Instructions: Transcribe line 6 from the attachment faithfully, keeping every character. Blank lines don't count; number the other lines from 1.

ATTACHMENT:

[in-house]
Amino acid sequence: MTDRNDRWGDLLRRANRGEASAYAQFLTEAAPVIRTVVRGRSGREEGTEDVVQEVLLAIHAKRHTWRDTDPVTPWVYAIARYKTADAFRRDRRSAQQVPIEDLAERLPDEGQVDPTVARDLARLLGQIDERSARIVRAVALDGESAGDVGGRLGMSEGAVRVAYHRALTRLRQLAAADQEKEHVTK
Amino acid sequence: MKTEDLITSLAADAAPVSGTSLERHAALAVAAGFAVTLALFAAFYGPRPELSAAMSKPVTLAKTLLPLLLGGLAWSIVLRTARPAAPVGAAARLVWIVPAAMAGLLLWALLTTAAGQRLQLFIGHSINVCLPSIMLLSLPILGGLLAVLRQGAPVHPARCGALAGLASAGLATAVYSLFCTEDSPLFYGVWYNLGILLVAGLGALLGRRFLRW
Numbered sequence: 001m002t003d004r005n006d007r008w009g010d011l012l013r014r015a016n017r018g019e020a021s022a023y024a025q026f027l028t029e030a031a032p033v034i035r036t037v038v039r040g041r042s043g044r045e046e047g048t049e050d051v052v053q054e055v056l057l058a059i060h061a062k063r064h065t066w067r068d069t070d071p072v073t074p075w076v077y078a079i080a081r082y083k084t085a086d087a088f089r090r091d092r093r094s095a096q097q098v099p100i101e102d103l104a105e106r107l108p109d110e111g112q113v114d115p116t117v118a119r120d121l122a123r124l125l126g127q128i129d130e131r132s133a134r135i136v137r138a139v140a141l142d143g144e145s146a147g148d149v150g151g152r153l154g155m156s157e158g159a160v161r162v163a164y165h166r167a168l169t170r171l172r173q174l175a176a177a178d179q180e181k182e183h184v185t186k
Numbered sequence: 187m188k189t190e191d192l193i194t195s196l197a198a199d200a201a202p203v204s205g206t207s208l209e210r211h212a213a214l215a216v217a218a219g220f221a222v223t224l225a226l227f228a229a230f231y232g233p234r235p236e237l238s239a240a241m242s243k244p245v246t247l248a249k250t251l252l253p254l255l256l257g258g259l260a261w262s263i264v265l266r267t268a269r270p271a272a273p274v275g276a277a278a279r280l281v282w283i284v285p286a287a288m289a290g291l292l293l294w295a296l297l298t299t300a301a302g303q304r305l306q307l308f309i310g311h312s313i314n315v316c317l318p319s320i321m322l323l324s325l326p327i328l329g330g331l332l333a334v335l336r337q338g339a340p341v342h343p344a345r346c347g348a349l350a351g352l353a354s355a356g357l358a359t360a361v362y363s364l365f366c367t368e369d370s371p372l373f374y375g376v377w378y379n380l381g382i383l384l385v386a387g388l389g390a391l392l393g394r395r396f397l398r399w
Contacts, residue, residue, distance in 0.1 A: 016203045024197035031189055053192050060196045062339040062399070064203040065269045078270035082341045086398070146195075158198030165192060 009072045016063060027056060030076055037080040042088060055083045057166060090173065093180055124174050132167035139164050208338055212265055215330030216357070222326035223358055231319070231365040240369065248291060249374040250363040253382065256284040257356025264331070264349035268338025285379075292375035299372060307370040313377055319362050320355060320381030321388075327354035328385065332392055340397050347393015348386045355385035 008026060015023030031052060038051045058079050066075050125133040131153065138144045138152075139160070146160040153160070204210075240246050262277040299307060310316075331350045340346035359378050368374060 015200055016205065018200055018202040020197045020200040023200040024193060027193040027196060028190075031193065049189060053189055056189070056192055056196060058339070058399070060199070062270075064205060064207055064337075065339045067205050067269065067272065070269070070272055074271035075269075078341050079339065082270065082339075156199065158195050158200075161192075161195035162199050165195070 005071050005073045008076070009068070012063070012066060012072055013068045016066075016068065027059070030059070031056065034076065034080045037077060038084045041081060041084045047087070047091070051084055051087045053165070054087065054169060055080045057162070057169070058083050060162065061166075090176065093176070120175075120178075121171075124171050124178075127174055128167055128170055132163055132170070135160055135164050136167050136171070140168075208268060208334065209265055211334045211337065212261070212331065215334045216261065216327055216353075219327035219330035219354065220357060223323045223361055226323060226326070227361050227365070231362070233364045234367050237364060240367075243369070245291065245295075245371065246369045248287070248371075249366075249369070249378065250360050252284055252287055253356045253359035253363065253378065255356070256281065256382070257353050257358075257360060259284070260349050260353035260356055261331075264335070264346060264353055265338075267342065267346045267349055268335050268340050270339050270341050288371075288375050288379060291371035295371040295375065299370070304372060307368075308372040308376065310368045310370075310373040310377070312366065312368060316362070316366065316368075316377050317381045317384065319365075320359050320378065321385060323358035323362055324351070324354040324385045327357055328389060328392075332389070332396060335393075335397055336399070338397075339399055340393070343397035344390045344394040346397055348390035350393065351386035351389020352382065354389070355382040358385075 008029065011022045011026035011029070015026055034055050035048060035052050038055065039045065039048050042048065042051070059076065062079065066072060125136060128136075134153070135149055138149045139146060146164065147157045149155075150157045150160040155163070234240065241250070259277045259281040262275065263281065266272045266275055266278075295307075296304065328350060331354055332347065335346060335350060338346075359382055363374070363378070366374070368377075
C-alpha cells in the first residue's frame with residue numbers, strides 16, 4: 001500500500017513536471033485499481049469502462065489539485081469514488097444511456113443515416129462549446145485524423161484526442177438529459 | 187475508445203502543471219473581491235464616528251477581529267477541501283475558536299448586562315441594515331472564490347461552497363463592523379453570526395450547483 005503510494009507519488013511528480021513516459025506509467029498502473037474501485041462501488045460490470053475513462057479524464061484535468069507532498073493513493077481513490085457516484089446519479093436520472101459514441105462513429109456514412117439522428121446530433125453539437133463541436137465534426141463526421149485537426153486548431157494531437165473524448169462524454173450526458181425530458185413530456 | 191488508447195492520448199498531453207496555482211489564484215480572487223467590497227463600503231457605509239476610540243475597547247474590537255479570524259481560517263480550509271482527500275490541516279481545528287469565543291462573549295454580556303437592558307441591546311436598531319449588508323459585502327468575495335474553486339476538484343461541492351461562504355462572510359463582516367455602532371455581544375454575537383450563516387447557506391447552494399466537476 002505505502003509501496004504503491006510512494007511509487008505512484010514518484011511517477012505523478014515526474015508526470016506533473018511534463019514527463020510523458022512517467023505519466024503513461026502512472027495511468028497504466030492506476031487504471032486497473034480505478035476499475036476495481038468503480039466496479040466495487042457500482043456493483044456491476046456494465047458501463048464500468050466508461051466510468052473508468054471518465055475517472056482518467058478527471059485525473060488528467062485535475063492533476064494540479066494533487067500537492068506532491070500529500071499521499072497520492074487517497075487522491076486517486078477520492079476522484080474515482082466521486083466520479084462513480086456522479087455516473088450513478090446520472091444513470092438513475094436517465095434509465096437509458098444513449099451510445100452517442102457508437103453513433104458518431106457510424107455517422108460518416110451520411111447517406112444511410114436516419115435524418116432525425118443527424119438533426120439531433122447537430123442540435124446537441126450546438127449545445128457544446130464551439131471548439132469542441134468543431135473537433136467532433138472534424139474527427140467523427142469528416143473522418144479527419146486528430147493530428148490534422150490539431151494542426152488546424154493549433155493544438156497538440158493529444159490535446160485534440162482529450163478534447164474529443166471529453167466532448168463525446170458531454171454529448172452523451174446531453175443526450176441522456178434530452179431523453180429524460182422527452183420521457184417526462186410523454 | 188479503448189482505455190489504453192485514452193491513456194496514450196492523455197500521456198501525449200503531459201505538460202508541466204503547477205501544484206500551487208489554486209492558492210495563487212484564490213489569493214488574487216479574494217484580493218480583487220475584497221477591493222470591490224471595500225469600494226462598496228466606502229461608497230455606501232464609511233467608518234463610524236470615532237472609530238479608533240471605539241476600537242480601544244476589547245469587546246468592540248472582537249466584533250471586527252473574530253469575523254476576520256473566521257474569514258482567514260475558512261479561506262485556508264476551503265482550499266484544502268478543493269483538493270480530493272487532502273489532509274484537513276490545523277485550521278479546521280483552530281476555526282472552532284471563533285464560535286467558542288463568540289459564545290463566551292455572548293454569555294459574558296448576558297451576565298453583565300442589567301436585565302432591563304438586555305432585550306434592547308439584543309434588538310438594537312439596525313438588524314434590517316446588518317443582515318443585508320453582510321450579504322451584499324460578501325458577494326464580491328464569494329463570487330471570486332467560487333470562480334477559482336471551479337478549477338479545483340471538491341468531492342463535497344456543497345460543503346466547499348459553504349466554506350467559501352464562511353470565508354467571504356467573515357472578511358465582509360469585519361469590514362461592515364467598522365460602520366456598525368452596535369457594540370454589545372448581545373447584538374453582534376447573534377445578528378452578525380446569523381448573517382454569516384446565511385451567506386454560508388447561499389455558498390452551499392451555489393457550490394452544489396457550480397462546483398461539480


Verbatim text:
Contacts, residue, residue, distance in 0.1 A: 016203045024197035031189055053192050060196045062339040062399070064203040065269045078270035082341045086398070146195075158198030165192060 009072045016063060027056060030076055037080040042088060055083045057166060090173065093180055124174050132167035139164050208338055212265055215330030216357070222326035223358055231319070231365040240369065248291060249374040250363040253382065256284040257356025264331070264349035268338025285379075292375035299372060307370040313377055319362050320355060320381030321388075327354035328385065332392055340397050347393015348386045355385035 008026060015023030031052060038051045058079050066075050125133040131153065138144045138152075139160070146160040153160070204210075240246050262277040299307060310316075331350045340346035359378050368374060 015200055016205065018200055018202040020197045020200040023200040024193060027193040027196060028190075031193065049189060053189055056189070056192055056196060058339070058399070060199070062270075064205060064207055064337075065339045067205050067269065067272065070269070070272055074271035075269075078341050079339065082270065082339075156199065158195050158200075161192075161195035162199050165195070 005071050005073045008076070009068070012063070012066060012072055013068045016066075016068065027059070030059070031056065034076065034080045037077060038084045041081060041084045047087070047091070051084055051087045053165070054087065054169060055080045057162070057169070058083050060162065061166075090176065093176070120175075120178075121171075124171050124178075127174055128167055128170055132163055132170070135160055135164050136167050136171070140168075208268060208334065209265055211334045211337065212261070212331065215334045216261065216327055216353075219327035219330035219354065220357060223323045223361055226323060226326070227361050227365070231362070233364045234367050237364060240367075243369070245291065245295075245371065246369045248287070248371075249366075249369070249378065250360050252284055252287055253356045253359035253363065253378065255356070256281065256382070257353050257358075257360060259284070260349050260353035260356055261331075264335070264346060264353055265338075267342065267346045267349055268335050268340050270339050270341050288371075288375050288379060291371035295371040295375065299370070304372060307368075308372040308376065310368045310370075310373040310377070312366065312368060316362070316366065316368075316377050317381045317384065319365075320359050320378065321385060323358035323362055324351070324354040324385045327357055328389060328392075332389070332396060335393075335397055336399070338397075339399055340393070343397035344390045344394040346397055348390035350393065351386035351389020352382065354389070355382040358385075 008029065011022045011026035011029070015026055034055050035048060035052050038055065039045065039048050042048065042051070059076065062079065066072060125136060128136075134153070135149055138149045139146060146164065147157045149155075150157045150160040155163070234240065241250070259277045259281040262275065263281065266272045266275055266278075295307075296304065328350060331354055332347065335346060335350060338346075359382055363374070363378070366374070368377075